COVID-19, Year 2: 📈 US to remain WHO member, 21 January 2021

One year ago today, the CDC announced the first case of COVID-19 in the United States, a man in the Seattle-area who had recently returned from Wuhan, China

A year ago, 21 January 2020, the CDC announced the first case of “travel-related” COVID-19 in the United States.

Fitting, perhaps, that today Dr. Anthony Fauci told the World Health Organization (WHO) executive board that the United States would remain a member nation, reversing the action of the prior administration.

South Korea also reported its first case on 21 January 2020. On 20 January 2021, South Korea reported a per capita case rate of 144.2/100,000 and death rate of 2.57. The US: 7,381.9 cases per 100,000 and 122.7 deaths.

On 20 January 2021, the 366th day of COVID-19 in the US (last year was a leap year), we had a seven-day average of 195,000 daily cases and 3,062 daily deaths (Covid Tracking Project plus current ID/NE/WA data, as they are reported a day late by CTP). The state with the most cases per capita: North Dakota. The most per capita deaths: New Jersey.

Johns Hopkins reported a total of 24,434,282 US cases and 406,001 US deaths on Wednesday 20 January 2021. Globally, the report was 96,787,259 cases and 2,055,593 deaths.

After all this time, the US still accounts for about 1-in-4 coronavirus cases and 1-in-5 deaths, although we have less than 3% of the world’s population.

January 2020 in hindsight:

The patient from Washington with confirmed 2019-nCoV infection returned to the United States from Wuhan on January 15, 2020. The patient sought care at a medical facility in the state of Washington, where the patient was treated for the illness. Based on the patient’s travel history and symptoms, healthcare professionals suspected this new coronavirus. A clinical specimen was collected and sent to CDC overnight, where laboratory testing yesterday confirmed the diagnosis via CDC’s Real time Reverse Transcription-Polymerase Chain Reaction (rRT-PCR) test.

On January 17, 2020, CDC began implementing public health entry screening at Los Angeles (LAX), New York (JFK) and San Francisco (SFO) airports. After the Washington state report, the CDC added entry health screening at Atlanta (ATL) and Chicago (ORD) airports.

21 January 2020

I am getting my first Pfizer shot on Friday. This is the first time that having breast cancer (and recently turning 65) has led to something positive. The vaccination rollout in Washington is flawed, however, because my 86-year-old career Air Force officer father-in-law has yet to hear from the VA. We cannot get him signed up in Snohomish County. The county has public drive-through centers, but little vaccines. Hospitals and clinics have vaccines, but no (easy) way to push through high numbers.

A report from California illustrates the challenge with vaccine distribution. There are 6.2 million people age 65 and over in California, and officials want to vaccinate 70% of them (4.34 million) with two doses.

[T]he state is receiving about 400,000 doses a week, or 500,000 in a good week. At this rate, it could take until June to inject shots into the arms of seniors (emphasis added).

Hopefully, the pace will pick up. On 20 January 2021, the CDC reported it had shipped 35,990,150 doses to the states. On the 21st, 37,960,000 doses. This is far cry from repeated promises from the former administration. For example, from 08 December:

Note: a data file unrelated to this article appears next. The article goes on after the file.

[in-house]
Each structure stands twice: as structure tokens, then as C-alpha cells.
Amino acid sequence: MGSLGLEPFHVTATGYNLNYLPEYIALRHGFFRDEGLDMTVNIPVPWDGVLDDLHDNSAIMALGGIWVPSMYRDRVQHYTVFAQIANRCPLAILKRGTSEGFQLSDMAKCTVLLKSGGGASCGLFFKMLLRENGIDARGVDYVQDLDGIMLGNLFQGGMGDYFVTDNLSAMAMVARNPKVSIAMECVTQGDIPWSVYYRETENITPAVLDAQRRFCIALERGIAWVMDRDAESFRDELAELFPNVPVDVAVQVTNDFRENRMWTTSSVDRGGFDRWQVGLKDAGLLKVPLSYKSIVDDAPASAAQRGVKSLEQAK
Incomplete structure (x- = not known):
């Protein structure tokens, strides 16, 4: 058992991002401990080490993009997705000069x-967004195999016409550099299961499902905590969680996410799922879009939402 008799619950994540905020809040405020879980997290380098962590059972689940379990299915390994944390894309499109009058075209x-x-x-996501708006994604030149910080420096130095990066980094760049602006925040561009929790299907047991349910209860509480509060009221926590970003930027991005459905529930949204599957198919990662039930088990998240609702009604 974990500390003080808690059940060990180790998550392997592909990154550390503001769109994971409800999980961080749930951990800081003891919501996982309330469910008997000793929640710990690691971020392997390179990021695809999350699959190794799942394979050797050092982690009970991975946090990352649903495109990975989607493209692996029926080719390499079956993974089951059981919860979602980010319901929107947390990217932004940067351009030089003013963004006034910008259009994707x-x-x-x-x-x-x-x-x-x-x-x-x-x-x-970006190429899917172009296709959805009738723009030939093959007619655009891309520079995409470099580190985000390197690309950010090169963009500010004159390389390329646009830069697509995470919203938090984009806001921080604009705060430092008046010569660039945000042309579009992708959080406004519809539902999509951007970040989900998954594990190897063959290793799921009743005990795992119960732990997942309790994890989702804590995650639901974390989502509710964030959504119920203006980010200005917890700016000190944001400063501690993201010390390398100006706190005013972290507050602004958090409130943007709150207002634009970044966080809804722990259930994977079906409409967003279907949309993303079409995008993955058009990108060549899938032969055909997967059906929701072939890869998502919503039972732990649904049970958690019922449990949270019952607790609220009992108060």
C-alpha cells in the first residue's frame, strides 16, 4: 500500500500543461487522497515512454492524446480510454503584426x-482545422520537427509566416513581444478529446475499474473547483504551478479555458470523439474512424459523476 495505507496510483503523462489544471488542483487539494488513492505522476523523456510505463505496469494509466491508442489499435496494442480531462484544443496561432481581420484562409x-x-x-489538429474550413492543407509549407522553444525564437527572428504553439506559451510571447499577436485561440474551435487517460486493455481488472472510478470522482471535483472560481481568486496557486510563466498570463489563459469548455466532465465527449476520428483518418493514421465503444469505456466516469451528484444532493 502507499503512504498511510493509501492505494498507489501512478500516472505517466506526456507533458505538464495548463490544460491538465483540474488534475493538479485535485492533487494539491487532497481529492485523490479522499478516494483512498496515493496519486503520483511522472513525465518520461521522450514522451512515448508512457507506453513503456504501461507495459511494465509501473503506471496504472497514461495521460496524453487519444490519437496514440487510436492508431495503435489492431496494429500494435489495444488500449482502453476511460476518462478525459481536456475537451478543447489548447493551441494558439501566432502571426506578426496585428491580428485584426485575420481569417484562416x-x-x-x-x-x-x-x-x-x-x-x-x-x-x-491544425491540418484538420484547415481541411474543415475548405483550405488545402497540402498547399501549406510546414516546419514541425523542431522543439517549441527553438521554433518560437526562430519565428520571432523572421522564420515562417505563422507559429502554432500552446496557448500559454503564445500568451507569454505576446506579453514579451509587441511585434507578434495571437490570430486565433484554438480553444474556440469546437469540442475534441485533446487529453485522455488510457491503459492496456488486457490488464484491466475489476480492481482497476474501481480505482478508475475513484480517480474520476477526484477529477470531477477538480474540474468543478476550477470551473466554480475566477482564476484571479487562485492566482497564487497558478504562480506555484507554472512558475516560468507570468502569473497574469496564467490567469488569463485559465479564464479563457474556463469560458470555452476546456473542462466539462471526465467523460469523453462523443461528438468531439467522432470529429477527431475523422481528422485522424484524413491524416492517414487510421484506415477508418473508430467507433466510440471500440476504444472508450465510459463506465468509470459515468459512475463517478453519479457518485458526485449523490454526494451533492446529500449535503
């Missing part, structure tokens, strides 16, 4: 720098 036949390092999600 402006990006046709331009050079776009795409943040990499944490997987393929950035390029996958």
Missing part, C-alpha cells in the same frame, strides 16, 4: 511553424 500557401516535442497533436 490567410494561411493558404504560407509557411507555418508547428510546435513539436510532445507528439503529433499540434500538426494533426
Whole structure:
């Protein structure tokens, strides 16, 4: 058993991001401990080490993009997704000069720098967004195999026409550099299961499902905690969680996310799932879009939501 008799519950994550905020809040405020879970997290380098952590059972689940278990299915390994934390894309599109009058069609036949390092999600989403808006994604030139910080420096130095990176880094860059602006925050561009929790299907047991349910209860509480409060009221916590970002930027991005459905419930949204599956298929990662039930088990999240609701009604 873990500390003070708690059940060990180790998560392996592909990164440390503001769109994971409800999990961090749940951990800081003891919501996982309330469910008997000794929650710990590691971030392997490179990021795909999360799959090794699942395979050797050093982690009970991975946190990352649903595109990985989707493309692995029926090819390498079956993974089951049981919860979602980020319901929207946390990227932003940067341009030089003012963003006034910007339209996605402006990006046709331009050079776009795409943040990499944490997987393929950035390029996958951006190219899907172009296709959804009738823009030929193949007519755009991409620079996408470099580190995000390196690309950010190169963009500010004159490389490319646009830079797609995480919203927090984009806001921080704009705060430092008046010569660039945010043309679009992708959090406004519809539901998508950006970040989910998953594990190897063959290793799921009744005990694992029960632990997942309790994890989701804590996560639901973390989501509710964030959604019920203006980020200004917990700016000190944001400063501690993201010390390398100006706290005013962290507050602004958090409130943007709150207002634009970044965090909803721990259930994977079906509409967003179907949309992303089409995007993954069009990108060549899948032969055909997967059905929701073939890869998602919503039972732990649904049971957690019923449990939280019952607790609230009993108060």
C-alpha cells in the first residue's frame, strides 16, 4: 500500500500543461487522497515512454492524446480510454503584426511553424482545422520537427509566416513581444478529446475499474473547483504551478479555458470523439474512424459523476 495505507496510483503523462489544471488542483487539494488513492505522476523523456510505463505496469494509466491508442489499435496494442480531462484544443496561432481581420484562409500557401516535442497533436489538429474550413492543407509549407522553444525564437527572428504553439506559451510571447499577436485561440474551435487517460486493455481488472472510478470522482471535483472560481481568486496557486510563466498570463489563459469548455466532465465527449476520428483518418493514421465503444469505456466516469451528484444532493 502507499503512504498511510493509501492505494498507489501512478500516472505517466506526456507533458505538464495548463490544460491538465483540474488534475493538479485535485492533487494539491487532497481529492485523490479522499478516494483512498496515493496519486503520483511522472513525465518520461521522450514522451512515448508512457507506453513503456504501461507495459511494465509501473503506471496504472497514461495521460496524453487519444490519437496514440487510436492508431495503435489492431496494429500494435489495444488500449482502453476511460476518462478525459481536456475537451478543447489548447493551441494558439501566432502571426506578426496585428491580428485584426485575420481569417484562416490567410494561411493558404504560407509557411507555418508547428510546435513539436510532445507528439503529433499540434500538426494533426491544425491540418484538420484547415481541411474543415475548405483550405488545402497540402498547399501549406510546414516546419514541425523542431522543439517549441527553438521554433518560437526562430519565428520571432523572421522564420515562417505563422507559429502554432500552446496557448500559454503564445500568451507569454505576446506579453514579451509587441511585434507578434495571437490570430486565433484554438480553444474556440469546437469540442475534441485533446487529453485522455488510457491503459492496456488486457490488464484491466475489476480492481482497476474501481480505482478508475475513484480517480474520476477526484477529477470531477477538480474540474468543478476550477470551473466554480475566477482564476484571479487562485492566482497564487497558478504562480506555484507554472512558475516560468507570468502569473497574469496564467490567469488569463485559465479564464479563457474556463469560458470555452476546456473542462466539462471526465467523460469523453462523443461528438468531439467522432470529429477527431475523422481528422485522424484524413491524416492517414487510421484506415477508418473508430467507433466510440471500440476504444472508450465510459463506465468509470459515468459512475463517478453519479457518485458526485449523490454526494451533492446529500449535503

Brett Giroir, the assistant secretary for health administration, told “CBS This Morning” that the U.S. expects to be able to vaccinate about 20 million people this month, 20 million to 25 million in January and another 20 million to 25 million in February with the Pfizer vaccine and another vaccine from drugmaker Moderna, assuming both receive FDA emergency authorization (emphasis added).

CDC reported on 20 January 2021 that 2,394,961 people had received two doses; 15,053,257 had received either one or two doses. January is more than half-over.

Although the US purchased 200 million doses from Pfizer and 200 million from Moderna, these orders will not be fully delivered until mid-year.

With the increased transmission rates of recent virus variants, such as B.1.1.7 out of the UK, vaccination is a race against time.

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Where are we today?

The good news is that hospitalizations seem to have plateaued. We are about a month out from the Christmas travel spike. Hospitalizations peaked at 132,474 on 06 January 2021 and have been declining since the 12th. The report on the 20th was that 122,770 people were hospitalized for COVID-19 in the U.S.

States ranking for the year

Cases per 10K (US average, 738)

  • ND, 1,263

  • SD, 1,199

  • UT, 1,024

  • RI, 1,018

  • TN, 1,016

  • WI, 984

  • NE, 954

  • AZ, 949

  • AR, 915

  • OK, 911

Deaths per 100K (US average 123)

  • NJ, 233

  • MA, 199

  • RI, 194

  • MS, 189

  • CT, 189

  • SD, 188

  • ND, 185

  • LA, 180

  • NY, 172

  • IL, 160

Covid Tracking Project data

On the last day of the first year of COVID-19, the rolling seven day toll was 1,365,000 cases; 21,436 deaths. Deaths over a rolling seven-day period peaked at 23,357 on Saturday 16 January 2021. This was a 23% increase over the prior peak of 18,992 deaths on Tuesday 22 December 2020 (Covid Tracking Project plus current ID/NE/WA data, which are reported a day late by CTP).

The seven-day rolling average on 20 January 2021: 195,000 cases and 3,062 deaths.

Hot spots, new cases/day, seven-day average

  • Arizona, 95.8

  • South Carolina, 95.6

  • California, 83.8

  • New York, 73.8

  • Georgia, 73.1

  • Rhode Island, 72.7

  • Virginia 72.0

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